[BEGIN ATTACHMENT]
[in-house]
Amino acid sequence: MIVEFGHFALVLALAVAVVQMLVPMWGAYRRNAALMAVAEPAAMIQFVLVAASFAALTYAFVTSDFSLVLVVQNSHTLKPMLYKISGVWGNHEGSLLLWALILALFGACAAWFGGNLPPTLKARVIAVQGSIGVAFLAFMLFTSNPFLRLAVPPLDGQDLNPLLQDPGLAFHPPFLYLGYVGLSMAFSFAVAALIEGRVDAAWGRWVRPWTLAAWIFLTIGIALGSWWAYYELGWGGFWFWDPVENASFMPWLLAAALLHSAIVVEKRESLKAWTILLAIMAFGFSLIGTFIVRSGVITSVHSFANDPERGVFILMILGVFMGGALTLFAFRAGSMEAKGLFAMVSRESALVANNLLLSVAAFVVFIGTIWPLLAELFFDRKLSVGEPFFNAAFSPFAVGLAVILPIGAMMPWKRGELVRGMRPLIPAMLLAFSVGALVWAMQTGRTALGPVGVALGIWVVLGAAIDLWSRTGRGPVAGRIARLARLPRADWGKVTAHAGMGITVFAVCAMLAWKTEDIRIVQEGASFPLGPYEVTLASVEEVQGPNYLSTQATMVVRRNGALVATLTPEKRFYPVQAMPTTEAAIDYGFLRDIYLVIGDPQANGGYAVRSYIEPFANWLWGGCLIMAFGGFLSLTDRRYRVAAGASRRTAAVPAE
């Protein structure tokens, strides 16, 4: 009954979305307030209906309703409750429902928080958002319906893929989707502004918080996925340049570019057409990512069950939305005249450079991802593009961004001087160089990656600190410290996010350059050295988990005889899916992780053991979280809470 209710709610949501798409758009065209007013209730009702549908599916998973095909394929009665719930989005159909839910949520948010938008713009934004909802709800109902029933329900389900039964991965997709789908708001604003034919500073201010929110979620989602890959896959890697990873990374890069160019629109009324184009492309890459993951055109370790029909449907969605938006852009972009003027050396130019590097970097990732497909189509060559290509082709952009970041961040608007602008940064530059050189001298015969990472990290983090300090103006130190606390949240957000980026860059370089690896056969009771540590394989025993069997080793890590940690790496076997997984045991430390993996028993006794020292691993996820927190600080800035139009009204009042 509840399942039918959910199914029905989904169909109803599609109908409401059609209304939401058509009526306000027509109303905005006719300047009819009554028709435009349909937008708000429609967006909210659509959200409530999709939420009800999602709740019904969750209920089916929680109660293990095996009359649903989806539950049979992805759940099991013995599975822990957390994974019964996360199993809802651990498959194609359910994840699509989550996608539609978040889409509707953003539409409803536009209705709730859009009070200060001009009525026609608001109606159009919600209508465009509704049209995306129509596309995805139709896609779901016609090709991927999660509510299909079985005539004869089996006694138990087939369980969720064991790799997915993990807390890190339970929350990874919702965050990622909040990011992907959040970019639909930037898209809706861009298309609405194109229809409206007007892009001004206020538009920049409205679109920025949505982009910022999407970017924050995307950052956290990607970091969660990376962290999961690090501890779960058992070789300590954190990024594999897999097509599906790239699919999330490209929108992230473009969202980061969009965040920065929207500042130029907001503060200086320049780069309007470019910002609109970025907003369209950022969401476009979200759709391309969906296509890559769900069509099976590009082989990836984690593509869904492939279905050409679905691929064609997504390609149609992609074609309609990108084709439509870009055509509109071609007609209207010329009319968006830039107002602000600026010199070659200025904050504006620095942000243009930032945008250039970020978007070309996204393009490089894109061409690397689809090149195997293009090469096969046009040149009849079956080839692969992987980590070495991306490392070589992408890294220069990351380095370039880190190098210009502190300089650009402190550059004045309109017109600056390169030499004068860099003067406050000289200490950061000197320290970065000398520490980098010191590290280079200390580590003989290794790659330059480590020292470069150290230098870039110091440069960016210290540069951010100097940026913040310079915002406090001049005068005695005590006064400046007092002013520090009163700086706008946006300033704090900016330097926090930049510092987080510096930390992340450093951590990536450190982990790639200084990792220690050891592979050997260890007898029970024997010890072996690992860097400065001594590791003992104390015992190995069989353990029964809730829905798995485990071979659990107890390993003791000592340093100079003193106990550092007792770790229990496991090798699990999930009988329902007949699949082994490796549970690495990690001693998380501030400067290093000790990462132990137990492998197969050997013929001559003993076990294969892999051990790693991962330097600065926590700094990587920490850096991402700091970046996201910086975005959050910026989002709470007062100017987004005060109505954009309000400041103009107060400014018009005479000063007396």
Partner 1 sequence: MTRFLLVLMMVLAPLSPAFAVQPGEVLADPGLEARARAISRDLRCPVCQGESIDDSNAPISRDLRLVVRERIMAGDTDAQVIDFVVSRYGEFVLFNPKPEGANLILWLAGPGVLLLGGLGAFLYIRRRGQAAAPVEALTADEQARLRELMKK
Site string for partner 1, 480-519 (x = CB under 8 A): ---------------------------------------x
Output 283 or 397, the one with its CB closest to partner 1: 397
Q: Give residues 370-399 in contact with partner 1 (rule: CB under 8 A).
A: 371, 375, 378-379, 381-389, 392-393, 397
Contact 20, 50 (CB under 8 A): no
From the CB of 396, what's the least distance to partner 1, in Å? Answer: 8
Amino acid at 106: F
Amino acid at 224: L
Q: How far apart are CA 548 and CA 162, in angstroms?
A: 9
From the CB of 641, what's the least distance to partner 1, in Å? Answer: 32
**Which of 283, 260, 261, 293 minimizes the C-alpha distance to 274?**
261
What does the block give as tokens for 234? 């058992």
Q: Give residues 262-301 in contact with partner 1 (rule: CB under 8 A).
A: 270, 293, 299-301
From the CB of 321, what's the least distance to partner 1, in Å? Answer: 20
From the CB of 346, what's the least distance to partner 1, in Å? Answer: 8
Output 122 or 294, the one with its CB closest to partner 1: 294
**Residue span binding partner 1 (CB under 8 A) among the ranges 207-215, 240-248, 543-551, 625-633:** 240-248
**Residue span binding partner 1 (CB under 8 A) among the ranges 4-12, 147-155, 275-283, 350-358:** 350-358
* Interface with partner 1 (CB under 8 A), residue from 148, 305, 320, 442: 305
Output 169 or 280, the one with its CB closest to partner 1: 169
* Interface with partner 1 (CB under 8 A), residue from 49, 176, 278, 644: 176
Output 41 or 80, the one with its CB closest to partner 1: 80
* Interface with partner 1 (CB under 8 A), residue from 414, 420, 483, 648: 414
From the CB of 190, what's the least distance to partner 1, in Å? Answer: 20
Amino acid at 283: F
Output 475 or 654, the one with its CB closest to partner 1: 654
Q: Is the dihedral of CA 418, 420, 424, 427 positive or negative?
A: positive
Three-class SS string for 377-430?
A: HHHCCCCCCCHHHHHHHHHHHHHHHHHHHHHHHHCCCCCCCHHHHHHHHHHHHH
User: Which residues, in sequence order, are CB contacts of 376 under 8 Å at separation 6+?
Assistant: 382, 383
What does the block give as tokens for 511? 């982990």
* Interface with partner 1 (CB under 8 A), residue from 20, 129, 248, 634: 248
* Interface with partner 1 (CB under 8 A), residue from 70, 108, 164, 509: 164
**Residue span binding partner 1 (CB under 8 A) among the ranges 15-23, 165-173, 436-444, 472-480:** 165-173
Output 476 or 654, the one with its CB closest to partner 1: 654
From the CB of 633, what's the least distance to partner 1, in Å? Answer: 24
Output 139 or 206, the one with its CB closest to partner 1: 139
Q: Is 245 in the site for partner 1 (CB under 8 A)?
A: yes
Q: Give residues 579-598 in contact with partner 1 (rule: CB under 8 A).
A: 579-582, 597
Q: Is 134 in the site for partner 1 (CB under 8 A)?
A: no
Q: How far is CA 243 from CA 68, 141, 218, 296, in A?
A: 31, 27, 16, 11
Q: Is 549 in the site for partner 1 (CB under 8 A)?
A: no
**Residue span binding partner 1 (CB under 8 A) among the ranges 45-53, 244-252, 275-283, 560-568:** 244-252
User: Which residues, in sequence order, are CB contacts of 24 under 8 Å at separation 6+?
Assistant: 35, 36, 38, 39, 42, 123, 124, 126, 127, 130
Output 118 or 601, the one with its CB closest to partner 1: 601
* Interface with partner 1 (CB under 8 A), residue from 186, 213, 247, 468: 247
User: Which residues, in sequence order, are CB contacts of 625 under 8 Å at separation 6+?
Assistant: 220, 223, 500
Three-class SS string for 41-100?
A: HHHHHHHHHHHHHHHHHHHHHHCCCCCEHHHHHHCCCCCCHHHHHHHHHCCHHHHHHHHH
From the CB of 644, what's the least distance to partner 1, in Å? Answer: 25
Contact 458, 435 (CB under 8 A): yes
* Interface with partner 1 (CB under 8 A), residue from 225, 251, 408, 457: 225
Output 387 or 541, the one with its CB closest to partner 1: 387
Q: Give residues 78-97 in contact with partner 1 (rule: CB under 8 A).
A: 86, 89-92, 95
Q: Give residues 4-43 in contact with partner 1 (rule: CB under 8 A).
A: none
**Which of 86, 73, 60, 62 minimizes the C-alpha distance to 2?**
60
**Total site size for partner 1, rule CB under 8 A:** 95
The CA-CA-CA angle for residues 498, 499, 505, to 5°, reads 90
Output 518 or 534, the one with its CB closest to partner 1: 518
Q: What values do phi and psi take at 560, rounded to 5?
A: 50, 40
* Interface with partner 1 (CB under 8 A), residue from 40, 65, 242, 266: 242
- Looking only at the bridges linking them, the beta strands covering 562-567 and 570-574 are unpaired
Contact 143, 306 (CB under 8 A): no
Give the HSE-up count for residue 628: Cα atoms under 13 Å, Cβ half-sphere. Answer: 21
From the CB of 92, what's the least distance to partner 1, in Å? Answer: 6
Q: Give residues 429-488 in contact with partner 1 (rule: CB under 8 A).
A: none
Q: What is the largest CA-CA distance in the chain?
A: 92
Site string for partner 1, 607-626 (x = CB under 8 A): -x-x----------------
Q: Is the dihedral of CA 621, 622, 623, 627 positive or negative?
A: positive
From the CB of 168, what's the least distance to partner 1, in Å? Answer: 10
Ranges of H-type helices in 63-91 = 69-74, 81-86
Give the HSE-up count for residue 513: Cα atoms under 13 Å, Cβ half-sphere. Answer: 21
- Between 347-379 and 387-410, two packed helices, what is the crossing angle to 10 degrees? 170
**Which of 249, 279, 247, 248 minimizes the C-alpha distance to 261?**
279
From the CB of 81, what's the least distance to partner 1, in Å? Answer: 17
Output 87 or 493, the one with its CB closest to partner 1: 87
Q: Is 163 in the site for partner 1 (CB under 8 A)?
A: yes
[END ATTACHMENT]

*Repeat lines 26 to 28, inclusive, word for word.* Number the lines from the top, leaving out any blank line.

* Interface with partner 1 (CB under 8 A), residue from 148, 305, 320, 442: 305
Output 169 or 280, the one with its CB closest to partner 1: 169
* Interface with partner 1 (CB under 8 A), residue from 49, 176, 278, 644: 176